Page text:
Brain States in Freely Behaving Marmosets.

Publication Type:

Journal Article

Source:

Sleep (2022)

Abstract:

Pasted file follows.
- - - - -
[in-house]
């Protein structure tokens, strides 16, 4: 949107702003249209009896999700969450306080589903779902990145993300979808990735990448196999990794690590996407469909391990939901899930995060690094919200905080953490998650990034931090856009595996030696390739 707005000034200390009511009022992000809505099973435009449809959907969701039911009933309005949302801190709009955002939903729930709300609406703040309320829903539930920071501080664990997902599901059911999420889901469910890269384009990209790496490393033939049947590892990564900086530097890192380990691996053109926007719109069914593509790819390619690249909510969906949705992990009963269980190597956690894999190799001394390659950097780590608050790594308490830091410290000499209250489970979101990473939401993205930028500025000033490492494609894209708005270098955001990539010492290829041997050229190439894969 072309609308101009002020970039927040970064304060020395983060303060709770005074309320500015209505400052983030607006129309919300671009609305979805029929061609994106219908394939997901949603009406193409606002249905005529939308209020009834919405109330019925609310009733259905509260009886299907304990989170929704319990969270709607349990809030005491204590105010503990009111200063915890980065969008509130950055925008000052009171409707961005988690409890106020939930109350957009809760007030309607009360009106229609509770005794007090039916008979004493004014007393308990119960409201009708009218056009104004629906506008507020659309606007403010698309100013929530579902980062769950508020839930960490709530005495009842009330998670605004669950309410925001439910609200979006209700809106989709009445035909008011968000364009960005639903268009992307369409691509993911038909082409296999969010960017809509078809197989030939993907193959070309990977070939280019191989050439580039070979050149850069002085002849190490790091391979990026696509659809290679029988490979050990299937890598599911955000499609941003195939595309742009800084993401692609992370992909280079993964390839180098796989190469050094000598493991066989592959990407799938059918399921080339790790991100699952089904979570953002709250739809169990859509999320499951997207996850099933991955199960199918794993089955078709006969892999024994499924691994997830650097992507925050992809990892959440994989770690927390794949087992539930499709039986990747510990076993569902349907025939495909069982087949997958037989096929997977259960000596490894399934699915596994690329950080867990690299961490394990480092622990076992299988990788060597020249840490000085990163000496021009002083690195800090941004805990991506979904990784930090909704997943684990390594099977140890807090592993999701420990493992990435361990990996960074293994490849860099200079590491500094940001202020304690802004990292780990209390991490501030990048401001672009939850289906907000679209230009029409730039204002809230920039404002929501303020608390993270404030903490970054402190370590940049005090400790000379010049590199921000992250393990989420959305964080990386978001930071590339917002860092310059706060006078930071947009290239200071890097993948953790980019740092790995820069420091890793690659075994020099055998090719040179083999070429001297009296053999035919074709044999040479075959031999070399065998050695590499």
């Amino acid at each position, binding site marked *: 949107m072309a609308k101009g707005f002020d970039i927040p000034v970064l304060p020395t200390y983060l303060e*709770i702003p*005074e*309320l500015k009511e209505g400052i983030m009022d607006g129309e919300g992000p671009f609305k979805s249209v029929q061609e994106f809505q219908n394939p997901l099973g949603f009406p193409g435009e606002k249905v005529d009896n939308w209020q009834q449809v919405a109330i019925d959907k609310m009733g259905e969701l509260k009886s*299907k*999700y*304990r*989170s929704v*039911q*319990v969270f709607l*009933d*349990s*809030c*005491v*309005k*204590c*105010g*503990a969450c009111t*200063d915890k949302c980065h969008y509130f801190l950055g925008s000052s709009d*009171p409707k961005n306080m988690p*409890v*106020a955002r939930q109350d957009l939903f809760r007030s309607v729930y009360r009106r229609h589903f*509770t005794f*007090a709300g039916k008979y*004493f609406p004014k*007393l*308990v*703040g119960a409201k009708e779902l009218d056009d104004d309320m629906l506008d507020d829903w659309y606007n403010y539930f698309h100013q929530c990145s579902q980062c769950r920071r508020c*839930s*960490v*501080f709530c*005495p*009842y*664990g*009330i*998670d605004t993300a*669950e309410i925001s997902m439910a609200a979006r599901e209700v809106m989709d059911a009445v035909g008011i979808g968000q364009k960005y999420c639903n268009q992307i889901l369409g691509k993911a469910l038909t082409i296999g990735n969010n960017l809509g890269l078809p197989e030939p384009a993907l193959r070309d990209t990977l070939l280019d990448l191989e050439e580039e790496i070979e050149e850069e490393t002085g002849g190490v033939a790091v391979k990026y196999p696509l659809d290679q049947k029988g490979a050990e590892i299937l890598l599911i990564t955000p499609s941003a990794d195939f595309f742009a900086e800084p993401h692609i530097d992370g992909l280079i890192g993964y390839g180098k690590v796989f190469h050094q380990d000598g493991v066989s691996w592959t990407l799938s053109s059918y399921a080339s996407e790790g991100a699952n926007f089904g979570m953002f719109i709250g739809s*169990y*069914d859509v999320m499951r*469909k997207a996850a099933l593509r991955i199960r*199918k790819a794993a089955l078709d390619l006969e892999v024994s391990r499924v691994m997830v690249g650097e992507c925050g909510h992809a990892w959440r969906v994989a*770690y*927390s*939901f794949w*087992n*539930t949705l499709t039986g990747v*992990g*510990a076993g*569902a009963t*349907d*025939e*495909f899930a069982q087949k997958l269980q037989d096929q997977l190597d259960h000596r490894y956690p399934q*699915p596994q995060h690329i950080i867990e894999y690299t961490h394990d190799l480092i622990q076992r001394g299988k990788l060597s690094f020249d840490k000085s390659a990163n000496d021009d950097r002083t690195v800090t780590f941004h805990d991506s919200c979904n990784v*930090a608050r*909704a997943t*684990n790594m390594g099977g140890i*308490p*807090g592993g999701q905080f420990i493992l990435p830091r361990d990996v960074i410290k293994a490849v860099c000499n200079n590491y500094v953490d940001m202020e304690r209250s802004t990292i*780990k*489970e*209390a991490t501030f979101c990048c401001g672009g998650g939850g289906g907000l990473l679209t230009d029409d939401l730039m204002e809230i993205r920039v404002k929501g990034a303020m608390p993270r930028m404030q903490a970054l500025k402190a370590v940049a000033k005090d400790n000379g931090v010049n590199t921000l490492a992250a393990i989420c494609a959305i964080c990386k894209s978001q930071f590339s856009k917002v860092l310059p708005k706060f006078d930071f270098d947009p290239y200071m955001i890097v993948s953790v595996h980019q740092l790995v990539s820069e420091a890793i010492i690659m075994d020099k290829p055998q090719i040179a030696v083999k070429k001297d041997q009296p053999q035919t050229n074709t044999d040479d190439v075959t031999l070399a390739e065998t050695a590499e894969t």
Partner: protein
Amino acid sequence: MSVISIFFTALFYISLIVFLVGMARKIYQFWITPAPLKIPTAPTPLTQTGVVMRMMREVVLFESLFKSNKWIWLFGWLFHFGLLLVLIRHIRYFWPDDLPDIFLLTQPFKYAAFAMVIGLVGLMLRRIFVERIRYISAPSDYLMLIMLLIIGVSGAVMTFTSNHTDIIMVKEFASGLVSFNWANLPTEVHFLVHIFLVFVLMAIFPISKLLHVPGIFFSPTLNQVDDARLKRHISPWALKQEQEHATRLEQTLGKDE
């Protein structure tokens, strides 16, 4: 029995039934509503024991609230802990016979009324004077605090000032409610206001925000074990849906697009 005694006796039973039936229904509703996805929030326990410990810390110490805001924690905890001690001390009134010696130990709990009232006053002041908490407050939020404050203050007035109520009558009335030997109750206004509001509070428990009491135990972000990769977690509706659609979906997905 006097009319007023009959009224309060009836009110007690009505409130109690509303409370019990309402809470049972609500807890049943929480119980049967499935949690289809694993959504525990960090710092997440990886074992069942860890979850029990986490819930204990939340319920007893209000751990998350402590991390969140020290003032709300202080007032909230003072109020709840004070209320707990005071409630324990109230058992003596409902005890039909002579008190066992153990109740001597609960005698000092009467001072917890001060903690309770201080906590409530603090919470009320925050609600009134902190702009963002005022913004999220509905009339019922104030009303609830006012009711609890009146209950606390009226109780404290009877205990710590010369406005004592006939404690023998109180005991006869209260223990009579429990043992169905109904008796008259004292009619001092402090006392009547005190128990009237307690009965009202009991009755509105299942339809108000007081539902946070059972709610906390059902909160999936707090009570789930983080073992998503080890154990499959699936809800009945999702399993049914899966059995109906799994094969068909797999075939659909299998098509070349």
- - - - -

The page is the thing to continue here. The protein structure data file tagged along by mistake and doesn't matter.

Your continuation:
<p><b>STUDY OBJECTIVES: </b>We evaluated common marmosets as a perspective animal model to study human sleep and wake states.</p><p><b>METHODS: </b>Using wireless neurologger recordings, we performed longitudinal multi-channel local field potential (LFP) cortical, hippocampal, neck muscle and video recordings in three freely behaving marmosets. The brain states were formally identified using self-organizing maps.</p><p><b>RESULTS: </b>Marmosets were generally awake during the day with occasional 1-2 naps, and they slept during the night. Major electrographic patterns fall in five clearly distinguished categories: wakefulness, drowsiness, light and deep NREM sleep, and REM. Marmosets typically had 14-16 sleep cycles per night, with either gradually increasing or relatively low, but stable delta power within the cycle. Overall, the delta power decreased throughout the night sleep. Marmosets demonstrated prominent high amplitude somatosensory mu-rhythm (10-15 Hz), accompanied with neocortical ripples, and alternated with occipital alpha rhythm (10-15 Hz). NREM sleep was characterized with the presence of high amplitude slow waves, sleep spindles and ripples in neocortex, and sharp-wave-ripple complexes in CA1. Light and deep stages differed in levels of delta and sigma power and muscle tone. REM sleep was defined with low muscle tone and activated LFP with predominant beta-activity and rare spindle-like or mu-like events.</p><p><b>CONCLUSIONS: </b>Multiple features of sleep-wake state distribution and electrographic patterns associated with behavioral states in marmosets closely match human states, although marmoset have shorter sleep cycles. This demonstrates that marmosets represent an excellent model to study origin of human electrographical rhythms and brain states.</p>

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